Ian Simms is currently the manager responsible for the fire engineering and composite construction departments at the Steel Construction Institute. Ian joined the SCI in April 1998 to work as a specialist in Fire Engineering, after completing his PhD at the University of Ulster.
Andy Smith worked for the Steel Construction Institute for four years after graduating from the University of Cambridge. He was involved in many projects relating to floor vibration and steel-concrete composite construction, and regularly presented courses on both these subjects. He is the lead author of SCI P354 on the design of floors for vibration and participated in an ECSC funded European project on the subject. Andy now lives and works as a consulting structural engineer in Canada.
Colin Taylor graduated from Cambridge in 1959. He started his professional career in steel fabrication, initially in the West Midlands and subsequently in South India. After eleven years he moved into consultancy where, besides practical design, he became involved with drafting work for British Standards and later for Eurocodes. Moving to the Steel Construction Institute on its formation, he also became involved with BS EN 1090-2 Execution of Steel Structures.
Colin contributed to all 9 parts of BS 5950, including preparing the initial drafts for Parts 1 and 2, compiled the 1989 revision of BS 449-2 and then contributed to all the 17 parts of the ENV stage of Eurocode 3, besides other Eurocodes. His last job before retiring from SCI was compiling and correcting BS 5950-1:2000.
Since then Colin has worked as a consultant for SCI and for DCLG and continued on numerous BSI committees and as convenor for EN 1993-6 Crane supporting structures. His main interest now is serving in local government as an elected member of two councils.
Richard Thackray graduated from Imperial College London with a degree and PhD in the field of Materials Science, and joined the University of Sheffield as Corus Lecturer in Steelmaking in 2003. His particular expertise is in the areas of clean steel production, continuous casting, and the processing of next generation high strength steels. He is currently the Chairman of the Iron and Steel Society, a division of the Institute of Materials, Minerals and Mining.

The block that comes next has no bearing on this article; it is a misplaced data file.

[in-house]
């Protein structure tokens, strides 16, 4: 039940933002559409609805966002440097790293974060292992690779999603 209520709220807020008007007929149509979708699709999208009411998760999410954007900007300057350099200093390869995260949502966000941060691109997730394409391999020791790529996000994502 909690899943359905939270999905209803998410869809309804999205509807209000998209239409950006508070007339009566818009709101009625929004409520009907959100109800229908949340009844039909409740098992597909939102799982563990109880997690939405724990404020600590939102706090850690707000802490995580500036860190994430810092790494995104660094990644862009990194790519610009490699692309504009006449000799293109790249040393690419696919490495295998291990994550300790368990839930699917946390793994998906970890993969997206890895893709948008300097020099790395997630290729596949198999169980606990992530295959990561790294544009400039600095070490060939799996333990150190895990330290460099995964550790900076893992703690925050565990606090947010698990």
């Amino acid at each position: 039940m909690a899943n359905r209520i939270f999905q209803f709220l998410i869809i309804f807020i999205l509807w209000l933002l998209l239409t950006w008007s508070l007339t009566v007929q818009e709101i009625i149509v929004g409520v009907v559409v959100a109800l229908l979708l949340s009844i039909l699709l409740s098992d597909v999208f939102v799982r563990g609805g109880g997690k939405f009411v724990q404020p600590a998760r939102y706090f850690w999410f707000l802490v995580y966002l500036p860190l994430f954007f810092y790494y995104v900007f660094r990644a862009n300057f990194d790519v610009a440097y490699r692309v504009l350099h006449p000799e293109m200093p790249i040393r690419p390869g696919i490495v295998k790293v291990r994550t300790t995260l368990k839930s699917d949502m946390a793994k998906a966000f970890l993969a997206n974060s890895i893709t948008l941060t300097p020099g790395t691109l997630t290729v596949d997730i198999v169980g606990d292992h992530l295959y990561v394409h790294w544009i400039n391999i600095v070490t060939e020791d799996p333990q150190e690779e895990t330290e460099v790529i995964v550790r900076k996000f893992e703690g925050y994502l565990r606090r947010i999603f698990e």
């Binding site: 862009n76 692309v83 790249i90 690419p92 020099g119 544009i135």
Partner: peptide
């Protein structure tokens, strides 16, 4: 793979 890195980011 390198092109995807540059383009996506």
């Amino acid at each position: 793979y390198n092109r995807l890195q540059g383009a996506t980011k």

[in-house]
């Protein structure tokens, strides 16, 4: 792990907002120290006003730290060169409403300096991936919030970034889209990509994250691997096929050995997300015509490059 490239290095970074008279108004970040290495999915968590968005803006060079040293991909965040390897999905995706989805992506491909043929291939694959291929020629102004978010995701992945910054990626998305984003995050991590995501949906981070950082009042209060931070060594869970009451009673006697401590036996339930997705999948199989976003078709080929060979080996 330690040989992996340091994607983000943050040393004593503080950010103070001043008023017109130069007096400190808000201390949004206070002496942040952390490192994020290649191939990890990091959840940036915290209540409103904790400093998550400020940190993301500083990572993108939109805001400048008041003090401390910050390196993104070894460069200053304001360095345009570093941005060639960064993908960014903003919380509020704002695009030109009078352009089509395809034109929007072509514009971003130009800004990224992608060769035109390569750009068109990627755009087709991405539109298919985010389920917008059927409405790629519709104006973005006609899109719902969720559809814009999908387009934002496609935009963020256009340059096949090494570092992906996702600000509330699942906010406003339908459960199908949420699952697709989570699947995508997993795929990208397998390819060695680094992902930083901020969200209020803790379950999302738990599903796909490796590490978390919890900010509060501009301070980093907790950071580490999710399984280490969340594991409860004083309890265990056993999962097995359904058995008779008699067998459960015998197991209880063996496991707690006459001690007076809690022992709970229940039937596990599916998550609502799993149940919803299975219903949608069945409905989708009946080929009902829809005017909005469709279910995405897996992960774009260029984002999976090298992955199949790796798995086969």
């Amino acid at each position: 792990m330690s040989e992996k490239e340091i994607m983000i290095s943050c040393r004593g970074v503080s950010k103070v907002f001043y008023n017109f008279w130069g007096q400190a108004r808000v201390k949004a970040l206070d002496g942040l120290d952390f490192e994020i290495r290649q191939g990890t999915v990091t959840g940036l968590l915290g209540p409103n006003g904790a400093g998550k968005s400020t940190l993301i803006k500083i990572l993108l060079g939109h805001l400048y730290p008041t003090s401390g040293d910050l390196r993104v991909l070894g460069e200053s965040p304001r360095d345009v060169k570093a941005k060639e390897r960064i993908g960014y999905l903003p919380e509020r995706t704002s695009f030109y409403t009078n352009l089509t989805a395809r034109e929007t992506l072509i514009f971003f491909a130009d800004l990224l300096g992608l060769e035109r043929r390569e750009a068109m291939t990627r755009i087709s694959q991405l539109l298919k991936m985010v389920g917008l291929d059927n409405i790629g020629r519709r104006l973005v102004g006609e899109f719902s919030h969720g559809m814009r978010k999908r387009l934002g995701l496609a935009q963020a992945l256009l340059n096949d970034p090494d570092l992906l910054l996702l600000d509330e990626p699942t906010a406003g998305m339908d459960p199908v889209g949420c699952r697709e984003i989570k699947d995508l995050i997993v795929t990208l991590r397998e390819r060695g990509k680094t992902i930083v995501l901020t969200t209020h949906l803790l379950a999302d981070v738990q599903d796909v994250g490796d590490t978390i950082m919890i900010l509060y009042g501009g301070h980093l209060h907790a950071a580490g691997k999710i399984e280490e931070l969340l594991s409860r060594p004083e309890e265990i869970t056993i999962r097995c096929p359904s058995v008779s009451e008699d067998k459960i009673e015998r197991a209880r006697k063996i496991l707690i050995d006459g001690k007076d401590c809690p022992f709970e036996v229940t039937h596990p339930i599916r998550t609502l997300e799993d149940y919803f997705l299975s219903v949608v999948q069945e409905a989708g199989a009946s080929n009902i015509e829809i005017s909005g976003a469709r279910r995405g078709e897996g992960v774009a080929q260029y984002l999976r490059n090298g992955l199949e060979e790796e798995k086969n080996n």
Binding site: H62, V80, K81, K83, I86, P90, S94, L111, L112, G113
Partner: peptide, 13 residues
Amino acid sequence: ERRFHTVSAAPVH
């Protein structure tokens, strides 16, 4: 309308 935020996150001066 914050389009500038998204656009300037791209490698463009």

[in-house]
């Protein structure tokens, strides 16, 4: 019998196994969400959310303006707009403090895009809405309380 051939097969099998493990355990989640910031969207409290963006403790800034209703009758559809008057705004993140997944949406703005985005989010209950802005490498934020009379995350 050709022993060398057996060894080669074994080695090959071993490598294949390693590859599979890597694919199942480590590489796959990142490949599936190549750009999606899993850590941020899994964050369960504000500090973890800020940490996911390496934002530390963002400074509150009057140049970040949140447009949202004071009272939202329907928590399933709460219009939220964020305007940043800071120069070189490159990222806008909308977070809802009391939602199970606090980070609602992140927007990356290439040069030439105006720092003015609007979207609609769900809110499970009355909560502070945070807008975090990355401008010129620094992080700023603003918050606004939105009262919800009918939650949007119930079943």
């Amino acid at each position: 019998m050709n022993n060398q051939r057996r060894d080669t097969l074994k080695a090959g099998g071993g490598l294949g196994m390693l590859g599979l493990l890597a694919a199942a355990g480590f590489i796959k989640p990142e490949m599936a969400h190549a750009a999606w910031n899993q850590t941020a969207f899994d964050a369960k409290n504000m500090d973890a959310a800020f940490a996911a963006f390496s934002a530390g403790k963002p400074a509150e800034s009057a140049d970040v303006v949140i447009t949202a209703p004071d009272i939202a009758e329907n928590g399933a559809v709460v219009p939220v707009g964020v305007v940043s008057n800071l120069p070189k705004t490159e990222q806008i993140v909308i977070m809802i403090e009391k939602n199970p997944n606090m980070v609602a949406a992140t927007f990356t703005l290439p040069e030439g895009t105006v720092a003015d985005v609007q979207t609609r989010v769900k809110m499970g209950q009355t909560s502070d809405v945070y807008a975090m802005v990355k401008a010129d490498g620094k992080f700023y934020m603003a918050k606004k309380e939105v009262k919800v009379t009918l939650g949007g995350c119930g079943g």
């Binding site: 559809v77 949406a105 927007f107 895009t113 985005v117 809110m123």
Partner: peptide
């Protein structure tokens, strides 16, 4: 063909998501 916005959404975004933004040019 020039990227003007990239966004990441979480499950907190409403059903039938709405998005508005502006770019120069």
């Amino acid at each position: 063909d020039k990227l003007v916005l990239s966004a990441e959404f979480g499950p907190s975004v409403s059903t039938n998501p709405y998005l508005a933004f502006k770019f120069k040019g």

Mark Tiddy is the Technical Manager of Cooper & Turner, the UK’s leading manufacturer of fasteners used in the construction industry. He spent the first part of his career as a graduate metallurgist in the steel industry and for the past twenty five years has worked in the fastener industry. He is the UK expert on CEN/TC 185/WG6 the European committee responsible for structural bolting.
After graduating from the University of Nottingham, Andrew Way has spent his career in the field of steel construction design and research. In 1996 he joined the Steel Construction Institute where he now holds the position of Manager of Light Gauge Construction. He is a Chartered Engineer and is also responsible for the management of the SCI Assessed third party verification scheme.
Richard White is an Associate Director of Ove Arup and Partners. He has worked in their Building Engineering office in London since graduating from Newcastle University in 1980. During that time he has both contributed to and led the structural design of a wide range of building projects. His experience includes the design and construction of offices, airports, railway stations and art galleries. These projects embrace a broad range of primary structural materials and incorporate a variety of secondary steel components including architecturally expressed metalwork.
Richard was a member of the structures working party for the British Council for Offices Design Guide 2000 and 2005 and is a member of the Institutions of Civil and Structural Engineers.